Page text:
Maybe Tomorrow

Description

209 pages
$7.99
ISBN 0-7737-7486-1
DDC jC813'.54

Author

Year

2000

Contributor

Reviewed by Anne Hutchings

Anne Hutchings, a former elementary-school teacher-librarian with the
Durham Board of Education, is an educational consultant.

Review

It is 1887. All Hallows School is unique in that white and Native girls
attend the same classes and study the same subjects.

Jane Gillmor’s mother is determined that Jane shall have the
opportunities she never had, studying the classics and learning to be a
fine lady, able to assume her place in society. Reluctantly, Jane agrees
to spend one year at All Hallows School though she’d rather marry Ben
right away and go off adventuring in the wilderness. (Those who have
read Joan Weir’s earlier book, The Brideship (1998), will recognize
Jane’s mother as Lizzie, the Cockney girl, who married the young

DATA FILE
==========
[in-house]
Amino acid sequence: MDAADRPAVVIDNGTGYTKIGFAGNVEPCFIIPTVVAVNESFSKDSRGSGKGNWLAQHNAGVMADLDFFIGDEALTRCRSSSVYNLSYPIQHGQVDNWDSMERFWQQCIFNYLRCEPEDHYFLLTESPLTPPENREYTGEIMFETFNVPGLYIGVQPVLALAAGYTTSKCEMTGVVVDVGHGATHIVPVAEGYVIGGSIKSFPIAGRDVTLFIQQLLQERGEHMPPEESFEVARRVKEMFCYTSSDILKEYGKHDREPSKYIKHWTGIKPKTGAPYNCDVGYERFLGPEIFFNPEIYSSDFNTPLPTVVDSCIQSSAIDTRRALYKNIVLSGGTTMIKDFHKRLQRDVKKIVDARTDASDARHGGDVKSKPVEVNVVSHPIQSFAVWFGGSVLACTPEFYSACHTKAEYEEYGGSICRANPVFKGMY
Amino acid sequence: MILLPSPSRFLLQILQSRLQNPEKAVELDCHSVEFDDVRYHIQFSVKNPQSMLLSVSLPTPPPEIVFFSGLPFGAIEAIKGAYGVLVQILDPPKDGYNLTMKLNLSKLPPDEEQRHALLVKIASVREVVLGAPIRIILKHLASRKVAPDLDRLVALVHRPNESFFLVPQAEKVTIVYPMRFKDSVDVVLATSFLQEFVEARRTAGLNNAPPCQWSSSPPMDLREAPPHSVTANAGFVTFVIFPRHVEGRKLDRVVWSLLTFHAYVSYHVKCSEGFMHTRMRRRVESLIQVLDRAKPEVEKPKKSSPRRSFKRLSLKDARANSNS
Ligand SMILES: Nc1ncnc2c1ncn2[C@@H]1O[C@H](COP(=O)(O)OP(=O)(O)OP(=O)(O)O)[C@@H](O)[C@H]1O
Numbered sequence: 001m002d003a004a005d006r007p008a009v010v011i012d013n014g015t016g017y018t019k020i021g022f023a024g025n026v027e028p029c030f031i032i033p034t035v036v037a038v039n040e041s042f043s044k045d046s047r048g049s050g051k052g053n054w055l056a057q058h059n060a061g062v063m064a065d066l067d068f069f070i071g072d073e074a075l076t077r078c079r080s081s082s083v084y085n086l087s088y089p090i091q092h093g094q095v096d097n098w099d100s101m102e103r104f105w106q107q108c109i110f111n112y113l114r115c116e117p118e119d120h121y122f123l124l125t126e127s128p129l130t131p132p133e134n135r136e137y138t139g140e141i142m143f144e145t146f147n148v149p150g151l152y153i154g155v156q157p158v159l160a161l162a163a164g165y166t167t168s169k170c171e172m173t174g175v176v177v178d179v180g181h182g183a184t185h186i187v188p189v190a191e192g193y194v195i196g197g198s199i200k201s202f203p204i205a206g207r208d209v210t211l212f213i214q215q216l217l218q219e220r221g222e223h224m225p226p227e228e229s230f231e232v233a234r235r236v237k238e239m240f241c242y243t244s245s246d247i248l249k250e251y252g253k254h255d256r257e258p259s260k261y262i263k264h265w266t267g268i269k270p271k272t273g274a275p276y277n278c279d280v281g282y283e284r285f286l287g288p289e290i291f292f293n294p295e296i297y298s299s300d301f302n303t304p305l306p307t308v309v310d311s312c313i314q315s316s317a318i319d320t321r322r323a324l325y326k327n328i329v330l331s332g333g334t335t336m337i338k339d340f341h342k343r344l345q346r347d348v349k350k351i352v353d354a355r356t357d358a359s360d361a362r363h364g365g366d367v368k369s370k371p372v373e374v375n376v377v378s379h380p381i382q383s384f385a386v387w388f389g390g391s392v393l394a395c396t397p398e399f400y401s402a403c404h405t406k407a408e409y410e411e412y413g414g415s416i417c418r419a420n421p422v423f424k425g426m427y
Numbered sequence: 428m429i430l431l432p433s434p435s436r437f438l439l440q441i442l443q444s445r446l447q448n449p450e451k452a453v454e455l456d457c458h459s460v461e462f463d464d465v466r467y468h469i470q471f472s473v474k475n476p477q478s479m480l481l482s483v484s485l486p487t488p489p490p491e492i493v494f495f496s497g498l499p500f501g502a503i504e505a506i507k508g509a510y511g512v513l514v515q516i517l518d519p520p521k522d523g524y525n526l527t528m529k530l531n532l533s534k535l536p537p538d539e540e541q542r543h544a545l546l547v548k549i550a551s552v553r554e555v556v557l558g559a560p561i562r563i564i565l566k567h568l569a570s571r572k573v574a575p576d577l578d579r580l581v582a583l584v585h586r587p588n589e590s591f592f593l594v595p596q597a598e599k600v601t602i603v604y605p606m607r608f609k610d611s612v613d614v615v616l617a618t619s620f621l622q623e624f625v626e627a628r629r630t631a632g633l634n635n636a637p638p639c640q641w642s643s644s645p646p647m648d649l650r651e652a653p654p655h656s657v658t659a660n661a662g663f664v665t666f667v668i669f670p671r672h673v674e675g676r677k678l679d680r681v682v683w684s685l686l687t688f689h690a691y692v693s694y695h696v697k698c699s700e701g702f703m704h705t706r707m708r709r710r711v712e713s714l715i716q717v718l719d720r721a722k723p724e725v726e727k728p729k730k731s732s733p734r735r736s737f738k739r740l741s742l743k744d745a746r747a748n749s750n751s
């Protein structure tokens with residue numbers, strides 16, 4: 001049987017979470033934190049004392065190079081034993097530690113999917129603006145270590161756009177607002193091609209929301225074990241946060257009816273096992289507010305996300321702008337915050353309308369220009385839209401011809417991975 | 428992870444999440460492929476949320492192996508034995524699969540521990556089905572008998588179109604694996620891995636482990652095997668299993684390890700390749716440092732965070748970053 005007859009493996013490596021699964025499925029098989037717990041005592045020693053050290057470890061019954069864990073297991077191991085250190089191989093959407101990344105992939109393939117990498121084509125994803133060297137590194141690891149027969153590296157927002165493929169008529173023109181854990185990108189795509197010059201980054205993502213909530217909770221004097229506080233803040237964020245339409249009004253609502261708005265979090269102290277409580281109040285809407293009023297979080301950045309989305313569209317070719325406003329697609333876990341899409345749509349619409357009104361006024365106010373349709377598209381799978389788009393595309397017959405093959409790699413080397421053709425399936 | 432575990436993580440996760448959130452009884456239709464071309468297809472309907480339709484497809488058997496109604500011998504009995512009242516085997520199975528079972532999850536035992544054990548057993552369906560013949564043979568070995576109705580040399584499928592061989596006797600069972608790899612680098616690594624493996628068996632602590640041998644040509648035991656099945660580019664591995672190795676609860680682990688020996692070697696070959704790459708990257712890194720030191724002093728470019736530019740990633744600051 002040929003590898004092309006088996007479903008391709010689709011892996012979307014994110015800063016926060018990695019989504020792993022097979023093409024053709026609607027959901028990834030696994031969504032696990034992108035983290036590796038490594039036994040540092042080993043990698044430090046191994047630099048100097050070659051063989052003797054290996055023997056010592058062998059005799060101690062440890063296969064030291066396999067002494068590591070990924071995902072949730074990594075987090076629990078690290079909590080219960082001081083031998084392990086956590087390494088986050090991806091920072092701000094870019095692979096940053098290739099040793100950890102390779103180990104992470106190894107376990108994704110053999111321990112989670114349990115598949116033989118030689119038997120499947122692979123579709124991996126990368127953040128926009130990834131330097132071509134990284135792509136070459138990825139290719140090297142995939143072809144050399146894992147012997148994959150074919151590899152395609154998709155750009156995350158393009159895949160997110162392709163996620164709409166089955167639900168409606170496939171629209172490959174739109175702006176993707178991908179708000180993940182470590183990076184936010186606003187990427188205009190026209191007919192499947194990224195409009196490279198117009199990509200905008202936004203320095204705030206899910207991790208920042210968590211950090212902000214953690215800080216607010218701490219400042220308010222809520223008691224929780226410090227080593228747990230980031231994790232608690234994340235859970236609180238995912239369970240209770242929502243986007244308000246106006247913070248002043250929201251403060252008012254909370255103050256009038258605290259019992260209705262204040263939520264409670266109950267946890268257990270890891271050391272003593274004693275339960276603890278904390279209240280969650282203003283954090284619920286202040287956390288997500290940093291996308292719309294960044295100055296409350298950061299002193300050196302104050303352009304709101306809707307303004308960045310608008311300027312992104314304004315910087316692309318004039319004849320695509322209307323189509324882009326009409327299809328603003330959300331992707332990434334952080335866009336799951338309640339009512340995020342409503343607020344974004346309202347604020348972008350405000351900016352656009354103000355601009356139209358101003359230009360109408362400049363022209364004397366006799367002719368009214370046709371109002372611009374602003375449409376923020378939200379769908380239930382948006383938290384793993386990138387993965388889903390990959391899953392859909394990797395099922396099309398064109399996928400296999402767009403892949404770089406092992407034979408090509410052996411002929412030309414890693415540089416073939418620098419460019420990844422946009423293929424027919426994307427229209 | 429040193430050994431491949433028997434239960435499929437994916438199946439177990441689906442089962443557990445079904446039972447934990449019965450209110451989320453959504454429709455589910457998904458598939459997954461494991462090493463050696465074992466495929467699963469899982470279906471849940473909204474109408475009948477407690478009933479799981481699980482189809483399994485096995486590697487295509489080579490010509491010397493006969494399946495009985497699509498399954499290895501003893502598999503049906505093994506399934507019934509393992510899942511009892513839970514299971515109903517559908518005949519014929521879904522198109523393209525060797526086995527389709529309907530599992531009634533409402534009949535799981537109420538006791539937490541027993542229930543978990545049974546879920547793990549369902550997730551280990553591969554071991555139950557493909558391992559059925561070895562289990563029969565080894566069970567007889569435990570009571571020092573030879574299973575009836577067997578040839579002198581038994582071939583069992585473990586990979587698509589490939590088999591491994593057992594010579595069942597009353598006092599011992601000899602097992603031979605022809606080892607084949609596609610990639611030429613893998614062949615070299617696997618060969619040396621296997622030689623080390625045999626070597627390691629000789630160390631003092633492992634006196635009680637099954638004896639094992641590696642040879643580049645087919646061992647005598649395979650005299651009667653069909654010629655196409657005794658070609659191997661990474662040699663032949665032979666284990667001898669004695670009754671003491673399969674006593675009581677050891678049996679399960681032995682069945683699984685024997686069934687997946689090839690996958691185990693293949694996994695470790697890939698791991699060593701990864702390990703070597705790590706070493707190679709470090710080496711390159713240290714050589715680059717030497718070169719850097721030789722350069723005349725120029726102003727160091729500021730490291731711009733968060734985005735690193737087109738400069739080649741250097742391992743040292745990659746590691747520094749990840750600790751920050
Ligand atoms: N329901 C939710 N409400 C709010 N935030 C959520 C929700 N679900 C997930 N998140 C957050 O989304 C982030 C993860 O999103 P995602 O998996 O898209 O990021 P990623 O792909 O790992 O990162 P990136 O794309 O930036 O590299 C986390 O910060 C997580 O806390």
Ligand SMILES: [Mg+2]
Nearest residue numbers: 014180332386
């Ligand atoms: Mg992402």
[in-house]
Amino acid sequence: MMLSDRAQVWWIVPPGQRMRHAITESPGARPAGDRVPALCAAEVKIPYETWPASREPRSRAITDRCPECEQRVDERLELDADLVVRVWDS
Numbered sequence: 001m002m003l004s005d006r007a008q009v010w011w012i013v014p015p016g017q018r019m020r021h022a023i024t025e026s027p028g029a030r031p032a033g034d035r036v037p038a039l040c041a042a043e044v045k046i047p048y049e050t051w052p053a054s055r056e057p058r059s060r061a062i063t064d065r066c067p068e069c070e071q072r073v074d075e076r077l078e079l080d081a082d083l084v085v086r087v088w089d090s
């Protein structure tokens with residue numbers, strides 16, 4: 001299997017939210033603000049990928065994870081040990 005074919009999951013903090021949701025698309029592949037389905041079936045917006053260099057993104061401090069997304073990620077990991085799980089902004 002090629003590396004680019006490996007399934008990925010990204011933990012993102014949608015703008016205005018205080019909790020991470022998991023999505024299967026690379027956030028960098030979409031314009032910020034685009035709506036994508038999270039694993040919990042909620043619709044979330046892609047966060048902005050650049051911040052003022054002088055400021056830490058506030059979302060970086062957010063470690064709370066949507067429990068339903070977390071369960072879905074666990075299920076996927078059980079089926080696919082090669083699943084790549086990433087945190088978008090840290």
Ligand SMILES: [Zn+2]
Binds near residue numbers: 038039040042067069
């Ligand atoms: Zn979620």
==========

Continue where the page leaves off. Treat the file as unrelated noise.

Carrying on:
missionary, Josh Gillmor.)

Sesuq’s grandmother is equally determined that Sesuq should attend
All Hallows. Sesuq hopes that someday she will understand why this is so
important to her grandmother. She hopes, too, that she will discover
what to do with her life.

The year at All Hallows seems endless to Jane, especially as the months
go by with no word from Ben. But Jane experiences none of the isolation
and loneliness that Sesuq feels; nor does she have to contend with
Belinda’s prejudice. Fortunately, she has Sesuq, and as their
friendship grows, Sesuq teaches her many things about nature that will
stand her in good stead in her “adventuring.” But their friendship
is threatened when Belinda manages to get Sesuq expelled from school.

This fine book, with its themes of friendship, prejudice, and cultural
diversity, will appeal to intermediate-grade girls. Although the reader
may not entirely agree with the fates of Sesuq and Belinda, in Jane’s
case one would probably say that the story ends “happily ever
after.”

Maybe Tomorrow would be a welcome addition to a multicultural or
historical fiction collection. Recommended.

Citation

Weir, Joan., “Maybe Tomorrow,” Canadian Book Review Annual Online, accessed July 16, 2024, https://cbra.library.utoronto.ca/items/show/20577.